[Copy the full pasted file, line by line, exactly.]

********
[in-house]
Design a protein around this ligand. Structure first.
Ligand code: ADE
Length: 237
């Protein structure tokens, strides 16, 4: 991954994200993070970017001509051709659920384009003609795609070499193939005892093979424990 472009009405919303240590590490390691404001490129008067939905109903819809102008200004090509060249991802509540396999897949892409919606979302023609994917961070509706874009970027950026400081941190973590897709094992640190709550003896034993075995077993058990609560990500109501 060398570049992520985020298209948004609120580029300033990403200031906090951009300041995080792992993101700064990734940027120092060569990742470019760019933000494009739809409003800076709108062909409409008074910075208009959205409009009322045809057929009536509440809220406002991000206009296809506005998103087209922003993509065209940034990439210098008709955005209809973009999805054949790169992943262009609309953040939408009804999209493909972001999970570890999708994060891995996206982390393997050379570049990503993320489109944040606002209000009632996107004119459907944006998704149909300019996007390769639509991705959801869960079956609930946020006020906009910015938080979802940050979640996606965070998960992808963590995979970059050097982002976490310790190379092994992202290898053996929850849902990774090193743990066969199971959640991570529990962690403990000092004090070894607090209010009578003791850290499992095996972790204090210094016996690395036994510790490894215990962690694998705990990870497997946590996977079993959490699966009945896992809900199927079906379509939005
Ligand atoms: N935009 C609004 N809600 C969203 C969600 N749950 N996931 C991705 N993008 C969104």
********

[in-house]
Design a protein around this ligand. Structure first.
Ligand code: ADE
Length: 237
């Protein structure tokens, strides 16, 4: 991954994200993070970017001509051709659920384009003609795609070499193939005892093979424990 472009009405919303240590590490390691404001490129008067939905109903819809102008200004090509060249991802509540396999897949892409919606979302023609994917961070509706874009970027950026400081941190973590897709094992640190709550003896034993075995077993058990609560990500109501 060398570049992520985020298209948004609120580029300033990403200031906090951009300041995080792992993101700064990734940027120092060569990742470019760019933000494009739809409003800076709108062909409409008074910075208009959205409009009322045809057929009536509440809220406002991000206009296809506005998103087209922003993509065209940034990439210098008709955005209809973009999805054949790169992943262009609309953040939408009804999209493909972001999970570890999708994060891995996206982390393997050379570049990503993320489109944040606002209000009632996107004119459907944006998704149909300019996007390769639509991705959801869960079956609930946020006020906009910015938080979802940050979640996606965070998960992808963590995979970059050097982002976490310790190379092994992202290898053996929850849902990774090193743990066969199971959640991570529990962690403990000092004090070894607090209010009578003791850290499992095996972790204090210094016996690395036994510790490894215990962690694998705990990870497997946590996977079993959490699966009945896992809900199927079906379509939005
Ligand atoms: N935009 C609004 N809600 C969203 C969600 N749950 N996931 C991705 N993008 C969104």